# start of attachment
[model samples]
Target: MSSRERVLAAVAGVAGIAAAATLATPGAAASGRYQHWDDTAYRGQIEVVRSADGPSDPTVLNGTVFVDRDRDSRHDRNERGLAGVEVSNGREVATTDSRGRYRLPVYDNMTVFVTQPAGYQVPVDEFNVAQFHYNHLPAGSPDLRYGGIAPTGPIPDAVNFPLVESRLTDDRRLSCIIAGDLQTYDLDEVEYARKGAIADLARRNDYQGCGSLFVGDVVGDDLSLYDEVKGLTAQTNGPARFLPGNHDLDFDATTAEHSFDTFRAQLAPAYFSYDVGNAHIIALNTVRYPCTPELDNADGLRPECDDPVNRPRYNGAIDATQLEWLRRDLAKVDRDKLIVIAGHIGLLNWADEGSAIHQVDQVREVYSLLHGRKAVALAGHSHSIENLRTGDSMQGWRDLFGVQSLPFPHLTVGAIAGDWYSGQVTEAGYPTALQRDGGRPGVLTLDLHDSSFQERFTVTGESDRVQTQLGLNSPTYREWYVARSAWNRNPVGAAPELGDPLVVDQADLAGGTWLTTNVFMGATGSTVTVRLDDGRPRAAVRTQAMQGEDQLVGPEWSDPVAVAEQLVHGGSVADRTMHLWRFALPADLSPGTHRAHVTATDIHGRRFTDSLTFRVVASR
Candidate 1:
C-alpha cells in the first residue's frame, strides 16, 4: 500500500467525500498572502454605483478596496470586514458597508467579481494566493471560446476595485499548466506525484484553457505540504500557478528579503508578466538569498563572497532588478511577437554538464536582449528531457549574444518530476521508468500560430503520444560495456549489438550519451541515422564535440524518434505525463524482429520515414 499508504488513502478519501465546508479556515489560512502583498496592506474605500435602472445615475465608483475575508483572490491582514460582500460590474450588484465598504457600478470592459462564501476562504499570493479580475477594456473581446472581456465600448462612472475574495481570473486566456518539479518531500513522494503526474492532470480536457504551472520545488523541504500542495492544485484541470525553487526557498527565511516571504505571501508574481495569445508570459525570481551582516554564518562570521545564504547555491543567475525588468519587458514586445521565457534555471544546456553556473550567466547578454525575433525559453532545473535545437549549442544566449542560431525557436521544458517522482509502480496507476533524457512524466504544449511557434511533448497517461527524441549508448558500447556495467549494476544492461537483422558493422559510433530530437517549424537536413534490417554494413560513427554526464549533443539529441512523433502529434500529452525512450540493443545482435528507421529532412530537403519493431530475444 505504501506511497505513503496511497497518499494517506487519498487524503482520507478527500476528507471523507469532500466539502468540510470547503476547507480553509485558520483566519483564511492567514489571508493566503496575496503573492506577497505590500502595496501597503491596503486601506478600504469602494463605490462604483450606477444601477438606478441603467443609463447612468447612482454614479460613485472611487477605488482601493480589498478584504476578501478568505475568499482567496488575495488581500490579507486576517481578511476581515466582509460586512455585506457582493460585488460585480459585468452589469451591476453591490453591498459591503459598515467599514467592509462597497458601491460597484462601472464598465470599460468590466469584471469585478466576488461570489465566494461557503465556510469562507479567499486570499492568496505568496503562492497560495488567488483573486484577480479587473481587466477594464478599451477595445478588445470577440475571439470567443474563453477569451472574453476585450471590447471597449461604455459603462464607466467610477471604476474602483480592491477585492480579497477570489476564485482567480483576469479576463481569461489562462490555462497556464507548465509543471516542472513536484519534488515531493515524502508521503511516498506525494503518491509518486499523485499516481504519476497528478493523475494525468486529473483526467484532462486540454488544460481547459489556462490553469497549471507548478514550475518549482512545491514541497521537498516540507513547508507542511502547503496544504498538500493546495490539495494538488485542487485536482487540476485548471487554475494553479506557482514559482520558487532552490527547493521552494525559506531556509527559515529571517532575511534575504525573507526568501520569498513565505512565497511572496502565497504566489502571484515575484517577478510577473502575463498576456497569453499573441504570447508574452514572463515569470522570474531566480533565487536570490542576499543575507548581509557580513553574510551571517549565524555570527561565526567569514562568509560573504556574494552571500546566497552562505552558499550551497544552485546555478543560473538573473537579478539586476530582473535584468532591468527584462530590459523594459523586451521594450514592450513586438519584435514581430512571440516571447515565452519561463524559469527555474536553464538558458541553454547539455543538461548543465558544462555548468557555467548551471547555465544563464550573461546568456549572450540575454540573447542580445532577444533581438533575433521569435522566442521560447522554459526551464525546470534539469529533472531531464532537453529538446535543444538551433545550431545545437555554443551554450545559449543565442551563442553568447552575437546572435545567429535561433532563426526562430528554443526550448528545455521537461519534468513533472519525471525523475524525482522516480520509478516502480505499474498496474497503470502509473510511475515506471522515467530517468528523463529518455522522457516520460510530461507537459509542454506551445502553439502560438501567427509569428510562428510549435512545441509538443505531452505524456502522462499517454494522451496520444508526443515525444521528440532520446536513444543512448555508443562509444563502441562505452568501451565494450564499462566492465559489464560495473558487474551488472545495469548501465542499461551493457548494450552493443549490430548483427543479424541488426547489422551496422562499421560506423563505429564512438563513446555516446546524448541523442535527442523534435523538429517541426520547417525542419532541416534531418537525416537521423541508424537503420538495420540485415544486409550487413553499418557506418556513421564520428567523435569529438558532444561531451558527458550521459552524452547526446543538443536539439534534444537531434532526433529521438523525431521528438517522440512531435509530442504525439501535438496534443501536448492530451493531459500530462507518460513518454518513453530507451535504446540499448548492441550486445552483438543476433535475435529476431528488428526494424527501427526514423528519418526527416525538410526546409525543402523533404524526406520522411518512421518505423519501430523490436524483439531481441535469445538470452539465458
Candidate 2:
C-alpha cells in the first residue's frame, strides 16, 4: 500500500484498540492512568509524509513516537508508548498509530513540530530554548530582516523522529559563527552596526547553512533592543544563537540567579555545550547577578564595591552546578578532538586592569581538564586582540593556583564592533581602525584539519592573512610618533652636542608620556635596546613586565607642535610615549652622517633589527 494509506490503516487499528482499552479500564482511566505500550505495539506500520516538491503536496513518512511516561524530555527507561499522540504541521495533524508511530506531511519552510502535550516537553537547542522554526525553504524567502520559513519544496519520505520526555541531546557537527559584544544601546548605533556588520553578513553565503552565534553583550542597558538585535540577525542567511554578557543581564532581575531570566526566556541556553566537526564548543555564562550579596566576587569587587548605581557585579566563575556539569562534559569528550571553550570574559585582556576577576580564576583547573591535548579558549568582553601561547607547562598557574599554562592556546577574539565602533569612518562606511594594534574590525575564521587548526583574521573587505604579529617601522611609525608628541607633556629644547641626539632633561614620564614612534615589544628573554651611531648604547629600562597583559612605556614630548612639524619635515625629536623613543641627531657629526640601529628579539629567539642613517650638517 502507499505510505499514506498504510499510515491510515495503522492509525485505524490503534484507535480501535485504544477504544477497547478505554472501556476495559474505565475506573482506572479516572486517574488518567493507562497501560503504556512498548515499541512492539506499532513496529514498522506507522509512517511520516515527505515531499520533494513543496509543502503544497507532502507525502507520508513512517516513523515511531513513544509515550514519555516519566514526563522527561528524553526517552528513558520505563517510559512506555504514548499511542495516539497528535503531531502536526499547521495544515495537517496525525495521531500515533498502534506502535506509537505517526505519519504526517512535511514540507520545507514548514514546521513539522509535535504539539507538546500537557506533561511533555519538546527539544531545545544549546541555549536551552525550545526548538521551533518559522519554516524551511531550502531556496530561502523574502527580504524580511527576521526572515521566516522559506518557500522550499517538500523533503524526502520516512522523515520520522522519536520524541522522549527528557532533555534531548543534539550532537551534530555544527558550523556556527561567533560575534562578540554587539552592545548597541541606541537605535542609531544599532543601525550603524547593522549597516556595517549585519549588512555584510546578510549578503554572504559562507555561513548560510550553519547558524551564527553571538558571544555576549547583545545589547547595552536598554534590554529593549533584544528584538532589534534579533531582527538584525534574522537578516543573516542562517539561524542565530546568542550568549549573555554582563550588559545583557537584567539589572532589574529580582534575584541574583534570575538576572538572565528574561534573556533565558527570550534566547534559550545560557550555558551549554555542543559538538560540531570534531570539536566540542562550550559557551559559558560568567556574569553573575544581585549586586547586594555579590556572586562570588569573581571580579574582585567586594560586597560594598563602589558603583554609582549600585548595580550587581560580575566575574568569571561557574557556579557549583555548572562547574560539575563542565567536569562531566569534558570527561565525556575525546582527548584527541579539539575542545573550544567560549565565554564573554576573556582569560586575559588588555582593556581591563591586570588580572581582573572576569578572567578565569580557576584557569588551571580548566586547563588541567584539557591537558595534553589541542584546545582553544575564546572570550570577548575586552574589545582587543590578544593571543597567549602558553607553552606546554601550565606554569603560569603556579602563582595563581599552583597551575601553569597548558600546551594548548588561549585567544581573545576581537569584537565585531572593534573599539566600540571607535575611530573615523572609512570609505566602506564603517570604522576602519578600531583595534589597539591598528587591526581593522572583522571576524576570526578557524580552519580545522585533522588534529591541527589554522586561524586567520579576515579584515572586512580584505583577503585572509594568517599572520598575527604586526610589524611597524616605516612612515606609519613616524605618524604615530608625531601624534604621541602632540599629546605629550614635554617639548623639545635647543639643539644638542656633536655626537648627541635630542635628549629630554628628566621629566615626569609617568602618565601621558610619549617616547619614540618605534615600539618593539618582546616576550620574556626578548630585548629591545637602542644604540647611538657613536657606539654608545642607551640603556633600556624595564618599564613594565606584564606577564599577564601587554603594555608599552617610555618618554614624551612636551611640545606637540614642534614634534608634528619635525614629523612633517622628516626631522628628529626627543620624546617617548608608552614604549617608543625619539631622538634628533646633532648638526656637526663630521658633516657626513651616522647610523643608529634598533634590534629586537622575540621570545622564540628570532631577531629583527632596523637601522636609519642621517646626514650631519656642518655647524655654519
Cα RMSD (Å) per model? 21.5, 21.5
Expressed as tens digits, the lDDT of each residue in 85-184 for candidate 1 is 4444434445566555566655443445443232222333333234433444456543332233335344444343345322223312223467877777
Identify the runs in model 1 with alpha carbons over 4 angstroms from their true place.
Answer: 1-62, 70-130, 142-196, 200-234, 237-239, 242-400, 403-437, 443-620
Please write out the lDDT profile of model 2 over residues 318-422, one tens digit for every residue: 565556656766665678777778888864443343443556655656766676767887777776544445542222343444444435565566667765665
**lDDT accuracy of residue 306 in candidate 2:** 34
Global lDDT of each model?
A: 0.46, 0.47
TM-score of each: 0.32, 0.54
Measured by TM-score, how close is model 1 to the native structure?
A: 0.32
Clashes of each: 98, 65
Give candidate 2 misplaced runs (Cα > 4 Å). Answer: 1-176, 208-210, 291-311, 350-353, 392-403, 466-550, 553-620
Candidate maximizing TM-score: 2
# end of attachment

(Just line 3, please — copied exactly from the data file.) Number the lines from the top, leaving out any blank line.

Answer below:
Candidate 1: